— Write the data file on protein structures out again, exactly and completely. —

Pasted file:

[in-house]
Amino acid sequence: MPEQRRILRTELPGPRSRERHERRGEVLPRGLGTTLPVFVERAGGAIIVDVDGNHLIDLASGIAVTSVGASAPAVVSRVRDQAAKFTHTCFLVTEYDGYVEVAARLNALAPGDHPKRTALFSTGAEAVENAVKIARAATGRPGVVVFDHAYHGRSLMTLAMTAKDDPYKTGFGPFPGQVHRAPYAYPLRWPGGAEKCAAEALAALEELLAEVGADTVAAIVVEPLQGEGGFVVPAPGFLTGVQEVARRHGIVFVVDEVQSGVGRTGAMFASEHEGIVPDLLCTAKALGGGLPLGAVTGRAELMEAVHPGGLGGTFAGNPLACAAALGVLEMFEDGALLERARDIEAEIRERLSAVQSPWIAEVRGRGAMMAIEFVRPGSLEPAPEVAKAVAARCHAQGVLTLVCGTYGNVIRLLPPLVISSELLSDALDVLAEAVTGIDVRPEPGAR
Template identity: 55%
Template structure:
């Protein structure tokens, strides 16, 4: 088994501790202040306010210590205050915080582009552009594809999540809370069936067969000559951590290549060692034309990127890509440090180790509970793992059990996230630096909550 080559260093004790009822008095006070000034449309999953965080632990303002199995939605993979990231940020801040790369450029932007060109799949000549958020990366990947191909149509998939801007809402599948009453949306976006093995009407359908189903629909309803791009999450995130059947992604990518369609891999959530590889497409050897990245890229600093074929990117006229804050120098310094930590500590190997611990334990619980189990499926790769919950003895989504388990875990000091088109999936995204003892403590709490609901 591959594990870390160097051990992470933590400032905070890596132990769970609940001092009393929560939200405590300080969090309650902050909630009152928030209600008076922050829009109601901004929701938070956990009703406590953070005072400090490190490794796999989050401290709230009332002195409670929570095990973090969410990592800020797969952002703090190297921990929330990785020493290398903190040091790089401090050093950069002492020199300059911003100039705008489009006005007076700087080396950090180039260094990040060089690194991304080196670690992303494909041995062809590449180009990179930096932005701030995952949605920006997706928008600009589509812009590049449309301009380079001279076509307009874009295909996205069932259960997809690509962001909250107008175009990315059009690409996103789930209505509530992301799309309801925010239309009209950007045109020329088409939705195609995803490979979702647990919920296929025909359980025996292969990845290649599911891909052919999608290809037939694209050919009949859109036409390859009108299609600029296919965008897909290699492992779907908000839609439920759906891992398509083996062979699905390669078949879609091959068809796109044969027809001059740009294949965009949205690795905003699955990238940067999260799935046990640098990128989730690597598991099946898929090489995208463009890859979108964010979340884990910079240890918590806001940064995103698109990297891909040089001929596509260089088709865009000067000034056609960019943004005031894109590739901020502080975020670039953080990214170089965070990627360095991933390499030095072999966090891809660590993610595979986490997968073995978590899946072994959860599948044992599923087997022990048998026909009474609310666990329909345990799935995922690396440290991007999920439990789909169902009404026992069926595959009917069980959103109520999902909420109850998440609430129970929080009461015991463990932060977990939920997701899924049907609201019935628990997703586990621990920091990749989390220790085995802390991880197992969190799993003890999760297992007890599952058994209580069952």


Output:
[in-house]
Amino acid sequence: MPEQRRILRTELPGPRSRERHERRGEVLPRGLGTTLPVFVERAGGAIIVDVDGNHLIDLASGIAVTSVGASAPAVVSRVRDQAAKFTHTCFLVTEYDGYVEVAARLNALAPGDHPKRTALFSTGAEAVENAVKIARAATGRPGVVVFDHAYHGRSLMTLAMTAKDDPYKTGFGPFPGQVHRAPYAYPLRWPGGAEKCAAEALAALEELLAEVGADTVAAIVVEPLQGEGGFVVPAPGFLTGVQEVARRHGIVFVVDEVQSGVGRTGAMFASEHEGIVPDLLCTAKALGGGLPLGAVTGRAELMEAVHPGGLGGTFAGNPLACAAALGVLEMFEDGALLERARDIEAEIRERLSAVQSPWIAEVRGRGAMMAIEFVRPGSLEPAPEVAKAVAARCHAQGVLTLVCGTYGNVIRLLPPLVISSELLSDALDVLAEAVTGIDVRPEPGAR
Template identity: 55%
Template structure:
């Protein structure tokens, strides 16, 4: 088994501790202040306010210590205050915080582009552009594809999540809370069936067969000559951590290549060692034309990127890509440090180790509970793992059990996230630096909550 080559260093004790009822008095006070000034449309999953965080632990303002199995939605993979990231940020801040790369450029932007060109799949000549958020990366990947191909149509998939801007809402599948009453949306976006093995009407359908189903629909309803791009999450995130059947992604990518369609891999959530590889497409050897990245890229600093074929990117006229804050120098310094930590500590190997611990334990619980189990499926790769919950003895989504388990875990000091088109999936995204003892403590709490609901 591959594990870390160097051990992470933590400032905070890596132990769970609940001092009393929560939200405590300080969090309650902050909630009152928030209600008076922050829009109601901004929701938070956990009703406590953070005072400090490190490794796999989050401290709230009332002195409670929570095990973090969410990592800020797969952002703090190297921990929330990785020493290398903190040091790089401090050093950069002492020199300059911003100039705008489009006005007076700087080396950090180039260094990040060089690194991304080196670690992303494909041995062809590449180009990179930096932005701030995952949605920006997706928008600009589509812009590049449309301009380079001279076509307009874009295909996205069932259960997809690509962001909250107008175009990315059009690409996103789930209505509530992301799309309801925010239309009209950007045109020329088409939705195609995803490979979702647990919920296929025909359980025996292969990845290649599911891909052919999608290809037939694209050919009949859109036409390859009108299609600029296919965008897909290699492992779907908000839609439920759906891992398509083996062979699905390669078949879609091959068809796109044969027809001059740009294949965009949205690795905003699955990238940067999260799935046990640098990128989730690597598991099946898929090489995208463009890859979108964010979340884990910079240890918590806001940064995103698109990297891909040089001929596509260089088709865009000067000034056609960019943004005031894109590739901020502080975020670039953080990214170089965070990627360095991933390499030095072999966090891809660590993610595979986490997968073995978590899946072994959860599948044992599923087997022990048998026909009474609310666990329909345990799935995922690396440290991007999920439990789909169902009404026992069926595959009917069980959103109520999902909420109850998440609430129970929080009461015991463990932060977990939920997701899924049907609201019935628990997703586990621990920091990749989390220790085995802390991880197992969190799993003890999760297992007890599952058994209580069952």